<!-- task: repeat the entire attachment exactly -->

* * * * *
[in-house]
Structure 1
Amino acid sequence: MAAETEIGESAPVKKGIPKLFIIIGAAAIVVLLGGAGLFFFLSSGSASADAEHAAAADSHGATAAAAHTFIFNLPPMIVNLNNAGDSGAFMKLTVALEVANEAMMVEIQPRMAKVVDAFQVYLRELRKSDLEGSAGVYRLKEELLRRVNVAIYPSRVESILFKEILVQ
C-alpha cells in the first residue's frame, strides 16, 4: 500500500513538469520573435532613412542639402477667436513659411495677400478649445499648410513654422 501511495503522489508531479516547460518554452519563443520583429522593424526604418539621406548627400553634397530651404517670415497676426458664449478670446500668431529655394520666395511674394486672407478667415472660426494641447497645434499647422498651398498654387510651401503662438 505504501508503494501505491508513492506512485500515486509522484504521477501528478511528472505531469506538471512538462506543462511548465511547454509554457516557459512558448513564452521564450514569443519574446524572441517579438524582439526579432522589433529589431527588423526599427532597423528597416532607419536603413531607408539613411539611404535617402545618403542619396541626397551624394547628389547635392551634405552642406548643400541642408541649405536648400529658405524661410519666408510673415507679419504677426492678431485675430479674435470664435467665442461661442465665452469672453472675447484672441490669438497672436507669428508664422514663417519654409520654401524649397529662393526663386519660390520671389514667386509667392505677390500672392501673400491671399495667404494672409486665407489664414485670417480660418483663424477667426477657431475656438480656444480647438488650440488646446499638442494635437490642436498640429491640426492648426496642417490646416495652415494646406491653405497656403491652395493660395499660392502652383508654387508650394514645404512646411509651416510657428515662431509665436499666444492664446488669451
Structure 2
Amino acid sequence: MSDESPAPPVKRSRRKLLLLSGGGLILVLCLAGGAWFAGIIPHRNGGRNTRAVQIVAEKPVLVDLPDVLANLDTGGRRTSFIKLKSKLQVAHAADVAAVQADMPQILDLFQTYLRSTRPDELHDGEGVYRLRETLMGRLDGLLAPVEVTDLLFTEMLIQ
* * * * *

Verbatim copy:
[in-house]
Structure 1
Amino acid sequence: MAAETEIGESAPVKKGIPKLFIIIGAAAIVVLLGGAGLFFFLSSGSASADAEHAAAADSHGATAAAAHTFIFNLPPMIVNLNNAGDSGAFMKLTVALEVANEAMMVEIQPRMAKVVDAFQVYLRELRKSDLEGSAGVYRLKEELLRRVNVAIYPSRVESILFKEILVQ
C-alpha cells in the first residue's frame, strides 16, 4: 500500500513538469520573435532613412542639402477667436513659411495677400478649445499648410513654422 501511495503522489508531479516547460518554452519563443520583429522593424526604418539621406548627400553634397530651404517670415497676426458664449478670446500668431529655394520666395511674394486672407478667415472660426494641447497645434499647422498651398498654387510651401503662438 505504501508503494501505491508513492506512485500515486509522484504521477501528478511528472505531469506538471512538462506543462511548465511547454509554457516557459512558448513564452521564450514569443519574446524572441517579438524582439526579432522589433529589431527588423526599427532597423528597416532607419536603413531607408539613411539611404535617402545618403542619396541626397551624394547628389547635392551634405552642406548643400541642408541649405536648400529658405524661410519666408510673415507679419504677426492678431485675430479674435470664435467665442461661442465665452469672453472675447484672441490669438497672436507669428508664422514663417519654409520654401524649397529662393526663386519660390520671389514667386509667392505677390500672392501673400491671399495667404494672409486665407489664414485670417480660418483663424477667426477657431475656438480656444480647438488650440488646446499638442494635437490642436498640429491640426492648426496642417490646416495652415494646406491653405497656403491652395493660395499660392502652383508654387508650394514645404512646411509651416510657428515662431509665436499666444492664446488669451
Structure 2
Amino acid sequence: MSDESPAPPVKRSRRKLLLLSGGGLILVLCLAGGAWFAGIIPHRNGGRNTRAVQIVAEKPVLVDLPDVLANLDTGGRRTSFIKLKSKLQVAHAADVAAVQADMPQILDLFQTYLRSTRPDELHDGEGVYRLRETLMGRLDGLLAPVEVTDLLFTEMLIQ